• Submitted by RB Holbrook on 12/12/2017 - 11:53 am.

      The Strib has made a strong turn to the right under its new management. There’s even less reason to take their editorials seriously.

      • Submitted by LK WOODRUFF on 12/12/2017 - 12:24 pm.

        media should provide objective reporting only

        Agreed. I no longer subscribe to either paper, because both have too strong of a R slant. Reading them makes my blood pressure rise too high. I write notes in the columns. I mutter to myself. Family members strongly suggested I stopped reading both publications:)

        Medias’ job should be to gather the facts scrupulously and present them objectively, without feeling or opinion. It is the readers’ job then to read it all, assimilate it and make informed choices when voting.

        • Submitted by Steve Titterud on 12/12/2017 - 01:49 pm.

          Your concept of “Media’s job” is a fantasy…

          …in the sense that virtually NO ONE in political media reporting subscribes to it. They universally practice reporting a mixture of fact and opinion, further laced with implications, innuendo, and biased language.

        • Submitted by Ilya Gutman on 12/13/2017 - 09:36 pm.

          Will you please tell me which newspaper “gather the facts scrupulously and present them objectively, without feeling or opinion?”

  2. Submitted by Curtis Senker on 12/12/2017 - 11:31 am.

    Franken has not filed any of the necessary paperwork to withdraw from the Senate. What’s the hold up?

    Word on the street is he’s waiting for Moore to be elected today, declare “psych!”, and take his seat.

    Personally, I think that would be double plus good stuff.

    Either way, the Franken debacle is Moar Winning for the GOP.

  3. Submitted by RB Holbrook on 12/12/2017 - 11:41 am.


    “‘I don’t know who I’m going to be able to vote for,’ she said, suggesting she might vote for a third-party candidate.”

    Brilliant idea! Let’s punish the DFL and the national Democratic Party by voting for someone who has no chance of winning! That will fix them! Some retrograde Republican will be put in the Governor’s office, and maybe we can send a Trump-supporting lickspittle to the Senate, and boy, won’t the party be sorry! Gosh, they will be so contrite that in the next election cycle, we will see good progressives running, sweeping into office with strong popular support.

    That could happen. Or, more likely, the retrograde Republicans will do such thoroughgoing damage to the state that it will take years to clean up the mess.

    The phrase “elections have consequences” means more than “yes, they determine who holds office.” The consequences include setting state policy on environmental regulation, education, labor relations, criminal justice, infrastructure spending, etc., etc. I’m thinking that may be just a little more important than smacking the hands of some office-holders.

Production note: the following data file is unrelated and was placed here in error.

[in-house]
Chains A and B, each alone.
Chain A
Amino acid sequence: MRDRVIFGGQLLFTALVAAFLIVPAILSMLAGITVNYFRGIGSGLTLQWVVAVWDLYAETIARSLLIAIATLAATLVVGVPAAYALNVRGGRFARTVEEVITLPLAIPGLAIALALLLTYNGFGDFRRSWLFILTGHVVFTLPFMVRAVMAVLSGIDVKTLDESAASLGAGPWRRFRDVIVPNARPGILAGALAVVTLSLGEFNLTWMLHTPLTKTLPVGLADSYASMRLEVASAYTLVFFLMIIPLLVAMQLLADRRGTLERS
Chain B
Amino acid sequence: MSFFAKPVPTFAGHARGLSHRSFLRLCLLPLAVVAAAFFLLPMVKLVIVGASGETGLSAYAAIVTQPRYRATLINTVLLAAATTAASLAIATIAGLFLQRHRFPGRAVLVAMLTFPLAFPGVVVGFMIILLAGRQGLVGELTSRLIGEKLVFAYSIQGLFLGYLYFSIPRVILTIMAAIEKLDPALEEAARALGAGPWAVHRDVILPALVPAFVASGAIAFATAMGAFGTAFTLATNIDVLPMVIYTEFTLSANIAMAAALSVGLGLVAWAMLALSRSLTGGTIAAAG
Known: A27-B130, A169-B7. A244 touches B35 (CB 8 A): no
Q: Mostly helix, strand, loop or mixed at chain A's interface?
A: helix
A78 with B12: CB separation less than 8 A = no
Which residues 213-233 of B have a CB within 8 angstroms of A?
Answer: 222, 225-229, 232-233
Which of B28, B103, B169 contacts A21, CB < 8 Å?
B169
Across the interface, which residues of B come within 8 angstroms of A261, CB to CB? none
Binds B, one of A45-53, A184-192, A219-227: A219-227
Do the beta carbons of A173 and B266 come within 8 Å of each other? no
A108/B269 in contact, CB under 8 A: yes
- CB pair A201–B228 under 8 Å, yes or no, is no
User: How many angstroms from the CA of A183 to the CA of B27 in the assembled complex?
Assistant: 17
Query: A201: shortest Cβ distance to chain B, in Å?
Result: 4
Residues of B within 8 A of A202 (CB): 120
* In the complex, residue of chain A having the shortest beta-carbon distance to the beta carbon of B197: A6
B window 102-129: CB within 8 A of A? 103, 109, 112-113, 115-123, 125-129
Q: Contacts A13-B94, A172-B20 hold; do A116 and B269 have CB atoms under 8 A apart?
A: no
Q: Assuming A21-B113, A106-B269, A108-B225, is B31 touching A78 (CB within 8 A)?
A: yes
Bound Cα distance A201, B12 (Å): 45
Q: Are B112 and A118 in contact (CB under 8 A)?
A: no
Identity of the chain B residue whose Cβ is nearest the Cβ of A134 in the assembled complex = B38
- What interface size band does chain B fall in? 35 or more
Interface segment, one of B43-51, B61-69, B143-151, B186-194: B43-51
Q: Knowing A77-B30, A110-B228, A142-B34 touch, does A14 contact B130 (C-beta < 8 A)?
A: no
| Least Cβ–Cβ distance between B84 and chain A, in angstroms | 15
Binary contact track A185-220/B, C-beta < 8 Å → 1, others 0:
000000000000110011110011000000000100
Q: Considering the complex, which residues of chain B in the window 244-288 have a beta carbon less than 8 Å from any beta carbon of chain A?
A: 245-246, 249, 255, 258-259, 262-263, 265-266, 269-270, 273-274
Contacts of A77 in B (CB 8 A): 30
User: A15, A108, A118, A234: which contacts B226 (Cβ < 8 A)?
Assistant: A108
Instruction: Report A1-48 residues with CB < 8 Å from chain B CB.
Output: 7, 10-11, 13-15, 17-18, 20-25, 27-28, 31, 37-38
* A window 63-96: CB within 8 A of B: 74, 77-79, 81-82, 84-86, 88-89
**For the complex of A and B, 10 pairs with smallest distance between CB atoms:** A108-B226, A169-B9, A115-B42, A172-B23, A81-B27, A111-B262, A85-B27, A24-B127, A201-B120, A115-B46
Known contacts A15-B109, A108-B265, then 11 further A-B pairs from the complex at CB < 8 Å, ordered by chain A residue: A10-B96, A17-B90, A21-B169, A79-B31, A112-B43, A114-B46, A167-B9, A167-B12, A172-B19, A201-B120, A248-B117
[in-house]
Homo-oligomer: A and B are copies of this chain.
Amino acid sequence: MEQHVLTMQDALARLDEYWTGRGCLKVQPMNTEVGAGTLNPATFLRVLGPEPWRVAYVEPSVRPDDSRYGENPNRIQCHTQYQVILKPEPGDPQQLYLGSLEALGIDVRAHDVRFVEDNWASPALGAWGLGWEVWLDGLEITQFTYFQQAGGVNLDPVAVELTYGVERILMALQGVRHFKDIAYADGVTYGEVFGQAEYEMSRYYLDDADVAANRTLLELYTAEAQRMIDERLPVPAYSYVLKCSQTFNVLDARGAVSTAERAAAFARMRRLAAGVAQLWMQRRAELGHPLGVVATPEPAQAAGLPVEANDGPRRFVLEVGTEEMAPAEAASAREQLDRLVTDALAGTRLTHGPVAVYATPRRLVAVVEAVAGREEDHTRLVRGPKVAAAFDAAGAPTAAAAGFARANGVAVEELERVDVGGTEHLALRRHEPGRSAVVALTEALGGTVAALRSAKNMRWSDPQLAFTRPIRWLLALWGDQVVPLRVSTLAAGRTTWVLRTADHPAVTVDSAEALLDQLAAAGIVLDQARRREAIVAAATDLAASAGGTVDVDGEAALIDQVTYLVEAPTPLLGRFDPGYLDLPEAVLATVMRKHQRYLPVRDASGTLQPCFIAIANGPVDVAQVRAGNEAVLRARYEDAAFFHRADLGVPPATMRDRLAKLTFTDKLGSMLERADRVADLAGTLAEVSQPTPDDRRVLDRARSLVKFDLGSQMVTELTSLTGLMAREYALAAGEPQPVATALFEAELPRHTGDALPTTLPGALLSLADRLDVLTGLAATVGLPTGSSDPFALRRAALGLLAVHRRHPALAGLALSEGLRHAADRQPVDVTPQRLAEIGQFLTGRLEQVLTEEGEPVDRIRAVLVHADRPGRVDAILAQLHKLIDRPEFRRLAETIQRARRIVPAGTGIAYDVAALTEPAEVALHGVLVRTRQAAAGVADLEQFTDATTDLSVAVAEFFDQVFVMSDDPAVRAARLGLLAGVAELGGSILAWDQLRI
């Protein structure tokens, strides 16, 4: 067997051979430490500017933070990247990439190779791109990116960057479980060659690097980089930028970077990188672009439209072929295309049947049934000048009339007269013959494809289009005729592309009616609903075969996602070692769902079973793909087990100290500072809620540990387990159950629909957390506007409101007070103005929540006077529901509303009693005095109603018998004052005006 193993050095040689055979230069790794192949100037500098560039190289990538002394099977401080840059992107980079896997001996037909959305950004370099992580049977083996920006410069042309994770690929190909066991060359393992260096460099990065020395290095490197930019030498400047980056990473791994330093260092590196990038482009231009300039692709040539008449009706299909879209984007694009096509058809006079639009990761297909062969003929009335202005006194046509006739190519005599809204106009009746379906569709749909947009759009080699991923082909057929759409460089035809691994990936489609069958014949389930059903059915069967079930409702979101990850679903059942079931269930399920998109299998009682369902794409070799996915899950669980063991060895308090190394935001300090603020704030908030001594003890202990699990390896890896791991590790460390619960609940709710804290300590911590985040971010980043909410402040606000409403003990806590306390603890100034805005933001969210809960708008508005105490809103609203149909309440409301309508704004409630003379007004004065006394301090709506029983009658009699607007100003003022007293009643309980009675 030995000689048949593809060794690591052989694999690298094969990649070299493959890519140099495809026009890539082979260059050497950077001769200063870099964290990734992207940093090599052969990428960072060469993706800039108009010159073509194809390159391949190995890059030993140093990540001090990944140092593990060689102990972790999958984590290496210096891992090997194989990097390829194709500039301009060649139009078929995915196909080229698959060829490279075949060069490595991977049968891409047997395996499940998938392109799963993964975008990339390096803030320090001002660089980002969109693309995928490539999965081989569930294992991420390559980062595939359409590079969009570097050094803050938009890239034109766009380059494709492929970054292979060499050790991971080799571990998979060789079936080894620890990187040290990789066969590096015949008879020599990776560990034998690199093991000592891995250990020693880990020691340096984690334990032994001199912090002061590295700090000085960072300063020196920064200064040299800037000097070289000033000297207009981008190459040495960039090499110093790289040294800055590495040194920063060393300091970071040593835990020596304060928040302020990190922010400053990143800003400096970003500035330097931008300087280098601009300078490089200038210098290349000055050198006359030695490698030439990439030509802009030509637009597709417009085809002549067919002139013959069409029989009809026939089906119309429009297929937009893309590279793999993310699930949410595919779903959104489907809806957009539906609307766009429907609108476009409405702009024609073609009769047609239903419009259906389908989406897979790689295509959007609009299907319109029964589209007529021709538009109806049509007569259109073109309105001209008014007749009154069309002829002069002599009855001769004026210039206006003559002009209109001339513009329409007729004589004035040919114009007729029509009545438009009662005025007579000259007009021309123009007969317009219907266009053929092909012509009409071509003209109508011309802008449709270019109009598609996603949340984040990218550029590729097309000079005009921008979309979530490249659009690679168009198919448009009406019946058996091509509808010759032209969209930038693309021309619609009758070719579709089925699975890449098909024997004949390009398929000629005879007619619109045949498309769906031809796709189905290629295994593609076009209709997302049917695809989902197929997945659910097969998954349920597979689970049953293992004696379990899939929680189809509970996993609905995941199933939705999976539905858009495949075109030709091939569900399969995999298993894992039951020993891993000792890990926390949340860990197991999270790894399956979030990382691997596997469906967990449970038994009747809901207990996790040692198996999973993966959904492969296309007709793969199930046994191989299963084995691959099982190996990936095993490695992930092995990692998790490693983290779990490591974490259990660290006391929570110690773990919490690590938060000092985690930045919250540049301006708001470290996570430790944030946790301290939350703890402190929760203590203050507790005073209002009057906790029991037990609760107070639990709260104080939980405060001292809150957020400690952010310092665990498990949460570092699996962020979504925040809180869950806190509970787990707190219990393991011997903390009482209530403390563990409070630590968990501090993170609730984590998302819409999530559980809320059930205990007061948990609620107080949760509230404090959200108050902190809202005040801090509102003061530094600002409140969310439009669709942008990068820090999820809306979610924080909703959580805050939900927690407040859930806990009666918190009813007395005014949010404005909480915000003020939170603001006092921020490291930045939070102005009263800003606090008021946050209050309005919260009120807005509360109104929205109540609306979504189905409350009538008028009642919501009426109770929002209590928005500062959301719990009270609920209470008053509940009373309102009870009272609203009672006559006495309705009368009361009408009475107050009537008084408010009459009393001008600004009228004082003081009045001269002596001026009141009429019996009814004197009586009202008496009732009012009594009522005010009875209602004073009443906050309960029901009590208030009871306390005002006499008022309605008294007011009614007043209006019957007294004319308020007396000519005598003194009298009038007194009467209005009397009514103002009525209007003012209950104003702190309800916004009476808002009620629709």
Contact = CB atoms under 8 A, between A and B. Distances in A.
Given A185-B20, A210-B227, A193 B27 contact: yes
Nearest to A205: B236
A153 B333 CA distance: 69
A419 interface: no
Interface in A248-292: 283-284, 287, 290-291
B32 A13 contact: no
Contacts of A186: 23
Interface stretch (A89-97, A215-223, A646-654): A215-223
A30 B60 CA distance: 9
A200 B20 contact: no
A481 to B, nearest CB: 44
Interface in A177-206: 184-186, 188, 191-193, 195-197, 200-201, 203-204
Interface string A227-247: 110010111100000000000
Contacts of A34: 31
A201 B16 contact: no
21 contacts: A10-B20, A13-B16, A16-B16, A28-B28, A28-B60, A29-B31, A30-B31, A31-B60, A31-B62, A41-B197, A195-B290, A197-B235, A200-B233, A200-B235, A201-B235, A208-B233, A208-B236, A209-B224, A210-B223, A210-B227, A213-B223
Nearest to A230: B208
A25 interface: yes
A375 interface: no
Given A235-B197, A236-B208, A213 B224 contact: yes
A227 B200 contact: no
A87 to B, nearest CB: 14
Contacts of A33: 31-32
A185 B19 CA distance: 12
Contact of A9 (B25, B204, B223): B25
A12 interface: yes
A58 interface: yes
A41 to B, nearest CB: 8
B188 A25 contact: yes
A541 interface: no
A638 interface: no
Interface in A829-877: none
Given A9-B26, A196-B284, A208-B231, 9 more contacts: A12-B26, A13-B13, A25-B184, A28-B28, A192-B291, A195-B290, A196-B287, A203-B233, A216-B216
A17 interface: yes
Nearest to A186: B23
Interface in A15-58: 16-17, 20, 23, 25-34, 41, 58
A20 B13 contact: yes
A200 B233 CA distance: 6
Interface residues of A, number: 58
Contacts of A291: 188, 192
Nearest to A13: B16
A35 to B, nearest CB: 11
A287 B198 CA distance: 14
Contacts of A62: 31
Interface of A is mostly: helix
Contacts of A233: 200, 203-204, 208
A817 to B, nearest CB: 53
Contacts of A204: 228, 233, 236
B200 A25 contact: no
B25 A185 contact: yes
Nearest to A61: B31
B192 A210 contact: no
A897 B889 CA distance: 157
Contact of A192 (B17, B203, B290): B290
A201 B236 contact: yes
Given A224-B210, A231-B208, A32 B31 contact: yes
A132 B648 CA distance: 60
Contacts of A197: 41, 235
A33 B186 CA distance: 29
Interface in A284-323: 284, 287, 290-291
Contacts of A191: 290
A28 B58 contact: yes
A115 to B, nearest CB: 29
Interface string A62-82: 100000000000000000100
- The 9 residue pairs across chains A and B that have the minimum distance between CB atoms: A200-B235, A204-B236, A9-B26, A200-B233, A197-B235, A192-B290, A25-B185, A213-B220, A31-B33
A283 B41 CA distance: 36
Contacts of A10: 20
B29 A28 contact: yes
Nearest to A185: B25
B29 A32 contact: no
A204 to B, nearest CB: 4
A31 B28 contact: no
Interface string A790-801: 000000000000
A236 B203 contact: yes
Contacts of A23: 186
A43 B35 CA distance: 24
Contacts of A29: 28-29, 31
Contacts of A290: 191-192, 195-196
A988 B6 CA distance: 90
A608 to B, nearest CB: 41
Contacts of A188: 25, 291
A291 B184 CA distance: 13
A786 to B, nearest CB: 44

4. Submitted by Lauren Hebert on 12/12/2017 - 12:01 pm.

    I really believe…

    The national Democrats scored an “own goal” on this one. There will be unintended consequences.

    • Submitted by jim hughes on 12/12/2017 - 04:46 pm.

      you got that right

      Democrats are frustrated, wanted to look tough on an issue, but this is pointless, futile and wrong.

  5. Submitted by Don Casey on 12/12/2017 - 12:15 pm.


    I doubt the suggestion that the party “encouragement” for Franken’s resignation could have consequences in the 2018 election. Those most disturbed by it (e.g. the “sacrificial lamb” folks) are hard-core Democrats and they are going to vote for the Democratic candidate next fall regardless. I haven’t seen any polls, but suspect more Minnesotans approve of his resignation than there are those who are resentful.

    • Submitted by Adam Miller on 12/12/2017 - 02:44 pm.

      Yes, and

      It’s much easier to see the political cost of keeping him on the ticket in 2020, when he would still have to answer questions about his personal behavior.

  6. Submitted by John Ferman on 12/12/2017 - 12:57 pm.

    Franken Replacement

    I am opposed to a caretaker replacement. Caratakers keep the floors mopped and the furniture dusted. What we need is a person with values, ideas and motivations similar to Franken’s and Wellstone’s. Whether the appointee is short term or a future candidate should not interfere with the real work that needs doing.

  7. Submitted by Pauline Wahl on 12/12/2017 - 01:00 pm.

    Did you ever consider…